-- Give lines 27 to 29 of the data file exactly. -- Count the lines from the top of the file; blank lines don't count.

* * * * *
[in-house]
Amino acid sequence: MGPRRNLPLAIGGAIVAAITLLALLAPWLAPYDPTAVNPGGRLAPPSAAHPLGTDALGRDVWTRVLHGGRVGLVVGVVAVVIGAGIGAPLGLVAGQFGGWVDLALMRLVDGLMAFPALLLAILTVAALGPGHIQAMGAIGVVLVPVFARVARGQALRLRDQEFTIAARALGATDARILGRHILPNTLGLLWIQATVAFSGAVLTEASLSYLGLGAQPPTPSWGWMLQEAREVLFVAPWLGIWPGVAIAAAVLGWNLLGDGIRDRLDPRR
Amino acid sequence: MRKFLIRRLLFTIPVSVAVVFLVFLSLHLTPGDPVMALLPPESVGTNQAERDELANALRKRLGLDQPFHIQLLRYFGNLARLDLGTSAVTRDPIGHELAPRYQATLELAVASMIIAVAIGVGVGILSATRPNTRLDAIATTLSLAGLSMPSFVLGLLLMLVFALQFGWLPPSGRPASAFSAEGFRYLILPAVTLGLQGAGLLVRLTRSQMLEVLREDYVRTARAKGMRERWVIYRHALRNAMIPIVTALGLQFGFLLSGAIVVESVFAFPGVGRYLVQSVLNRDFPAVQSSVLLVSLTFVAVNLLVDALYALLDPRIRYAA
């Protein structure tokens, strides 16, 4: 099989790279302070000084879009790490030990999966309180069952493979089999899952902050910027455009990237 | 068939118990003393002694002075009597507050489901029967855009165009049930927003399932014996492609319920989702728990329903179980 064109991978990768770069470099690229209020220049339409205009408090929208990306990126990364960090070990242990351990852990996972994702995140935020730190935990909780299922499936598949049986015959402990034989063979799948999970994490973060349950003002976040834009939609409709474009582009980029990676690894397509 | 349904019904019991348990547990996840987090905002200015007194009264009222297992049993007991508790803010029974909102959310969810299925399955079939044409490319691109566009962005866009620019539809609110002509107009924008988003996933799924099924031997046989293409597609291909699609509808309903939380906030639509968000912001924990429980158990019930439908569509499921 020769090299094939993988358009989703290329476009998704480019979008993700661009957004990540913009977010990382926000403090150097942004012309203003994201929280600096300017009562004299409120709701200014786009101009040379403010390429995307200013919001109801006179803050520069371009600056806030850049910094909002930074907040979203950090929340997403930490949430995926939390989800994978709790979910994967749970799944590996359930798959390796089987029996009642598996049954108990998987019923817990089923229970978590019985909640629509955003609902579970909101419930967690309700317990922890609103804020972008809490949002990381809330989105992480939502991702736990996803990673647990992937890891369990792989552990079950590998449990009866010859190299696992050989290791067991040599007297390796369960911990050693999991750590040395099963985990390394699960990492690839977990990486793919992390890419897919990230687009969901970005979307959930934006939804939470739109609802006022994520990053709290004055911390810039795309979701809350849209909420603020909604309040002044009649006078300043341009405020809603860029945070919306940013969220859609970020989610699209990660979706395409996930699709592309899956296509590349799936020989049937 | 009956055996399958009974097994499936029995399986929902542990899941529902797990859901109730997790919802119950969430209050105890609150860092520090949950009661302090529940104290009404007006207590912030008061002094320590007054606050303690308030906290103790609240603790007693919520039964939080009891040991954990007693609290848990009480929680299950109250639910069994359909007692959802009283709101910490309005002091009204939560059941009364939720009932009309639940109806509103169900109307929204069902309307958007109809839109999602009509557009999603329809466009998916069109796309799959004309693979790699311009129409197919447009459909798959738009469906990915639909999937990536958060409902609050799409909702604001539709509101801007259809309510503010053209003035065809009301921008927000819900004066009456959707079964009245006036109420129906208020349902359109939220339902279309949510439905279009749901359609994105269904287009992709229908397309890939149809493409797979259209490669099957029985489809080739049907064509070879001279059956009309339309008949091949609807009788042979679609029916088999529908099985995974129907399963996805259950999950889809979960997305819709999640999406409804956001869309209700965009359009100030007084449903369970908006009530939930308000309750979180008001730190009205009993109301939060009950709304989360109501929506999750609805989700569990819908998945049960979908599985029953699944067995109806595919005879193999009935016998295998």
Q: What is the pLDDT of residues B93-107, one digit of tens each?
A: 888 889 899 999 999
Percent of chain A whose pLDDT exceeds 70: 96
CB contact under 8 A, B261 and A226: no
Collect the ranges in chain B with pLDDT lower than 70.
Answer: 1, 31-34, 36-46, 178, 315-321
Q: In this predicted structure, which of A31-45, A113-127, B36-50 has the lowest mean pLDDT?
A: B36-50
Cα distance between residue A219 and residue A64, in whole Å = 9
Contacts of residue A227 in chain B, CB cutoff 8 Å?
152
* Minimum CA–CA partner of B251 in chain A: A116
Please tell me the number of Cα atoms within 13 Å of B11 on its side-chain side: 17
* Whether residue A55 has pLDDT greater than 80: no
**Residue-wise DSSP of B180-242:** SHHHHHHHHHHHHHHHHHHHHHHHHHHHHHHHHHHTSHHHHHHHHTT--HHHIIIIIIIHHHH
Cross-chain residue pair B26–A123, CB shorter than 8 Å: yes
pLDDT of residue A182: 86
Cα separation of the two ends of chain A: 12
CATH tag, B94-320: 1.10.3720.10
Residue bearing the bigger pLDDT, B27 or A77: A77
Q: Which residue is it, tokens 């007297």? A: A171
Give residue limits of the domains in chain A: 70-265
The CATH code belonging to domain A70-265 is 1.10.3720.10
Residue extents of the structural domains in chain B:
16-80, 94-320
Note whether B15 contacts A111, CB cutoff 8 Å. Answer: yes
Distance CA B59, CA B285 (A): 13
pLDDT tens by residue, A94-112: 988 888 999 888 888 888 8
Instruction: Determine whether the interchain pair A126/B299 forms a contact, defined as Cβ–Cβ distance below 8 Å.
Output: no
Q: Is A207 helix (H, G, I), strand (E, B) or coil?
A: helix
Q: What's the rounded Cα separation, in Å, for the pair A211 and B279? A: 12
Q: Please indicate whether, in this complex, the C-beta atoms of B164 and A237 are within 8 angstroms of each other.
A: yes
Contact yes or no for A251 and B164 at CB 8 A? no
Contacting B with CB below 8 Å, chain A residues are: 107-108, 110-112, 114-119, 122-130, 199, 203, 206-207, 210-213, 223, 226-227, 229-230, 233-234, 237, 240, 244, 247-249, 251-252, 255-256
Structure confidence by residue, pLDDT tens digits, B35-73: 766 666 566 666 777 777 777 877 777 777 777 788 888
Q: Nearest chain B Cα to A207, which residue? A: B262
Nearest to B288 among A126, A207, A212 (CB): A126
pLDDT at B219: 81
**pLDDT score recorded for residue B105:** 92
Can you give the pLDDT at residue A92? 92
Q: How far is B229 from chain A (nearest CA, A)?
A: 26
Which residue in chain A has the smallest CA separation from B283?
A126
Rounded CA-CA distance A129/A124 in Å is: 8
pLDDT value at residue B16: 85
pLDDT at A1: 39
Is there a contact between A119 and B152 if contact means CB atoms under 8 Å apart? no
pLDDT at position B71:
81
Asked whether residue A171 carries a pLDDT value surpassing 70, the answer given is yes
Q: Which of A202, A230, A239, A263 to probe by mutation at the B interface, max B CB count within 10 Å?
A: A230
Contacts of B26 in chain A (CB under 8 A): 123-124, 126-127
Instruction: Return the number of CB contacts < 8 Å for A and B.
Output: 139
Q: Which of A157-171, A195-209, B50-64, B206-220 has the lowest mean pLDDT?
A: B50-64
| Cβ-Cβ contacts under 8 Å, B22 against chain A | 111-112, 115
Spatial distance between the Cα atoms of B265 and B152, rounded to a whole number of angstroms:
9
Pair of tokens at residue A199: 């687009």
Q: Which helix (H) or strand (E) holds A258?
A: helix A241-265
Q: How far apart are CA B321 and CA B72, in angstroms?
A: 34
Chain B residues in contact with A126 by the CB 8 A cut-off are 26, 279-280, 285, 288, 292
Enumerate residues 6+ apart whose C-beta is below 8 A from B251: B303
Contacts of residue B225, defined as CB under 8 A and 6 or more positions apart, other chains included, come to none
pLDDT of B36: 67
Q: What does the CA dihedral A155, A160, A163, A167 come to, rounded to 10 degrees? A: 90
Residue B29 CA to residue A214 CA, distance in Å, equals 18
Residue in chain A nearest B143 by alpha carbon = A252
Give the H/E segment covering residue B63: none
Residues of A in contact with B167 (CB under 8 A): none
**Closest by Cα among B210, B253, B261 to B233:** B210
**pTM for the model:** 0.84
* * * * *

The CATH code belonging to domain A70-265 is 1.10.3720.10
Residue extents of the structural domains in chain B:
16-80, 94-320